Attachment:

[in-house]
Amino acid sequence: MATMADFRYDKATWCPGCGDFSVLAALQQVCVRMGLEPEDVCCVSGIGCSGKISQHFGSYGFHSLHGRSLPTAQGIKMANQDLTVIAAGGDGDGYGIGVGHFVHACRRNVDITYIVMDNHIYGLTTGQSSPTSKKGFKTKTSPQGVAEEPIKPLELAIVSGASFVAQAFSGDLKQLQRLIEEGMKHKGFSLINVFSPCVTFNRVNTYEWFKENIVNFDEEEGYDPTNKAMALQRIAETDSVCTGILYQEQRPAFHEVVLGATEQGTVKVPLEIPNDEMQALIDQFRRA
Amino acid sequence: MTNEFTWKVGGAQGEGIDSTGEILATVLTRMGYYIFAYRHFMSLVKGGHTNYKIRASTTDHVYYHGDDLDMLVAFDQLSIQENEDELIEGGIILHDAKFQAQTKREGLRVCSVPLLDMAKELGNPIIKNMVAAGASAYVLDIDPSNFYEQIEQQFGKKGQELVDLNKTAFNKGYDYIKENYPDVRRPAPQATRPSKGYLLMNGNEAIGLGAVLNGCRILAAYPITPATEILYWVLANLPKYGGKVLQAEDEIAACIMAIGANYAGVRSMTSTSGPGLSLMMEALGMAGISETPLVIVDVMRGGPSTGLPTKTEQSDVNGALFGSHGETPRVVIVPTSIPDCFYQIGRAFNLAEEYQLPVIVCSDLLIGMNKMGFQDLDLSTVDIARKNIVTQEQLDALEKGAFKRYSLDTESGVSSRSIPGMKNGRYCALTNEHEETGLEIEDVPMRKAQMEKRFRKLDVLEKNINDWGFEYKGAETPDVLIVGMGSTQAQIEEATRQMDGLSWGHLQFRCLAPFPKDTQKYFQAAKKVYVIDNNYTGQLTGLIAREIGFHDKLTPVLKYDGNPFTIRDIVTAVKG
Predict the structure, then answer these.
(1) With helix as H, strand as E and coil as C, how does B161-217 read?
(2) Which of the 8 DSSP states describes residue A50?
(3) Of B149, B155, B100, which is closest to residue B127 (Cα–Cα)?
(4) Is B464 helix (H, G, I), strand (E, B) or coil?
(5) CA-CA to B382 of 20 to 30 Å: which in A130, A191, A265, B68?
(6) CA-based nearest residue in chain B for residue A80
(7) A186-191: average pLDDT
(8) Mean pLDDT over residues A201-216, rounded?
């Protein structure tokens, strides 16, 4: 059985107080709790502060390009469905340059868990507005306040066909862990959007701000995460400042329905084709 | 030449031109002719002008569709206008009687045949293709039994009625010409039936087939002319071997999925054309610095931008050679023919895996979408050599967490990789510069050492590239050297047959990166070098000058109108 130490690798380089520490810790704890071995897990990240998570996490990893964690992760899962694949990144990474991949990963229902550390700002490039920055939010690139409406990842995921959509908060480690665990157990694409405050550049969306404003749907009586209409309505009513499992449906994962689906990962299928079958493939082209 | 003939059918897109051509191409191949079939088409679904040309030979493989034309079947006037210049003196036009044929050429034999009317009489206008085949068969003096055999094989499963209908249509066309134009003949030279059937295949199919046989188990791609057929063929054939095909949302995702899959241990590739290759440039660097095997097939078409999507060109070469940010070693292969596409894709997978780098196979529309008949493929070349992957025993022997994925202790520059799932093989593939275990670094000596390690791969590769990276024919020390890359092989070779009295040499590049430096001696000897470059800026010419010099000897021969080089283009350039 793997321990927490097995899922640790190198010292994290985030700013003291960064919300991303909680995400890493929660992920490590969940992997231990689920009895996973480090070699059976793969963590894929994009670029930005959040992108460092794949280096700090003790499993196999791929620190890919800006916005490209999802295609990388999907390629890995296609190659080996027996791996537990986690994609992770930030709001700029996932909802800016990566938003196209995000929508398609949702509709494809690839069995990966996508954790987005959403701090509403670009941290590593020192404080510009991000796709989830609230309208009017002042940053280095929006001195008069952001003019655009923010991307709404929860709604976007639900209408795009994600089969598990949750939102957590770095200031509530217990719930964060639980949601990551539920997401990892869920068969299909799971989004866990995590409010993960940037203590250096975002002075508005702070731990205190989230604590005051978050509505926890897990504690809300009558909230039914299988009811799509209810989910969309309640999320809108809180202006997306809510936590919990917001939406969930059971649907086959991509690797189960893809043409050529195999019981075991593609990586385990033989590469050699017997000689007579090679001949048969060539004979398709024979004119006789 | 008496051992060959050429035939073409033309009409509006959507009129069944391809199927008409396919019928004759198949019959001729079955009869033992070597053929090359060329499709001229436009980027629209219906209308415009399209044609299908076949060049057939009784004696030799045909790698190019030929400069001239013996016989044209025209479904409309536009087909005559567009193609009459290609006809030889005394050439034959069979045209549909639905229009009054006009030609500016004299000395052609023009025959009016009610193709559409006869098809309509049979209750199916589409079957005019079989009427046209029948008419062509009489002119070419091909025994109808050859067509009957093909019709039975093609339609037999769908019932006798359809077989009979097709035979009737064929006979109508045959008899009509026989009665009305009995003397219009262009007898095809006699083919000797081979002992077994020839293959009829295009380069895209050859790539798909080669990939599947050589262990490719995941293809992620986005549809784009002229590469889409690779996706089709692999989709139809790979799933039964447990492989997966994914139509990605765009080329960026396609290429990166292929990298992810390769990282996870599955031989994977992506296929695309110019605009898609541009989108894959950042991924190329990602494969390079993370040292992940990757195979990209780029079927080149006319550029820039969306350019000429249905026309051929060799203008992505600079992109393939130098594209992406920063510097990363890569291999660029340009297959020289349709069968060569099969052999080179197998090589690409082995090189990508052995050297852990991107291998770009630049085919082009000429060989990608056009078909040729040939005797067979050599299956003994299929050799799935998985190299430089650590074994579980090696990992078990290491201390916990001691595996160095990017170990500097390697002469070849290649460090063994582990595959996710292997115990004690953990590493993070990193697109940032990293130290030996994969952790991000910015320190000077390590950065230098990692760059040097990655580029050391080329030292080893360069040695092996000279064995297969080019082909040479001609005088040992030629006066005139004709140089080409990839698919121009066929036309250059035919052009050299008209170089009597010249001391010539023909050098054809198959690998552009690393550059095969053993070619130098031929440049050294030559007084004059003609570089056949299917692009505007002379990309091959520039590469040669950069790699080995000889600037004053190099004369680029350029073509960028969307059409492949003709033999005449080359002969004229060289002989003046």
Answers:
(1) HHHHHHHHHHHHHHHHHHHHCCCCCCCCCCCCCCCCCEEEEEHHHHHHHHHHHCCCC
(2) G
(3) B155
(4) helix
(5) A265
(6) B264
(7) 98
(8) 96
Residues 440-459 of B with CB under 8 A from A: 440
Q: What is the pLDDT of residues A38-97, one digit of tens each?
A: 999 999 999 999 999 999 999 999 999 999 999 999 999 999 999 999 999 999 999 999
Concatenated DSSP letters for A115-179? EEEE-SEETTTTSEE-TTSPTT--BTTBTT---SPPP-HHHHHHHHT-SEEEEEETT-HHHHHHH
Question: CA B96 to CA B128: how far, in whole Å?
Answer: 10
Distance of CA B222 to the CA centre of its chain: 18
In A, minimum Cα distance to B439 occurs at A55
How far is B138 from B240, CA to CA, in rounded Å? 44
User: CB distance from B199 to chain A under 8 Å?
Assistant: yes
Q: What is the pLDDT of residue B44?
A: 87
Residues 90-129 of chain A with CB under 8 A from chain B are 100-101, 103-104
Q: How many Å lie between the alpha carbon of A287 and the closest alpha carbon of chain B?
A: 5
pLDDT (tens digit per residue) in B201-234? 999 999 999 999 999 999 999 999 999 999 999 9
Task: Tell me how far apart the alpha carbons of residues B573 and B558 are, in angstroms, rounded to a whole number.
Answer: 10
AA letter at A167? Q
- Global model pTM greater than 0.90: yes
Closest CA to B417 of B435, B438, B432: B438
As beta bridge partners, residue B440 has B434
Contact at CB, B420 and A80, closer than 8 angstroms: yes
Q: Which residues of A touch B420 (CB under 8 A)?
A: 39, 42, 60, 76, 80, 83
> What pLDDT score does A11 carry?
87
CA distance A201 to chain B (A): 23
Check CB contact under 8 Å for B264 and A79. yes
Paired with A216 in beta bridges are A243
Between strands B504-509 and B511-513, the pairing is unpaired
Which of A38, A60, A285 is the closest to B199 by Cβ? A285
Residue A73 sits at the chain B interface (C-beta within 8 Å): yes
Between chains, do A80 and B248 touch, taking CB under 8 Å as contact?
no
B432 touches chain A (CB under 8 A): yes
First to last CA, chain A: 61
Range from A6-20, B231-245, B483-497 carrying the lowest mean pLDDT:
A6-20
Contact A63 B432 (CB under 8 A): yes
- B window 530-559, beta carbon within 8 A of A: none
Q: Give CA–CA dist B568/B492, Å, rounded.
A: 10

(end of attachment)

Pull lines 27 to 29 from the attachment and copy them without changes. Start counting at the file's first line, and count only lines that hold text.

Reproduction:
Question: CA B96 to CA B128: how far, in whole Å?
Answer: 10
Distance of CA B222 to the CA centre of its chain: 18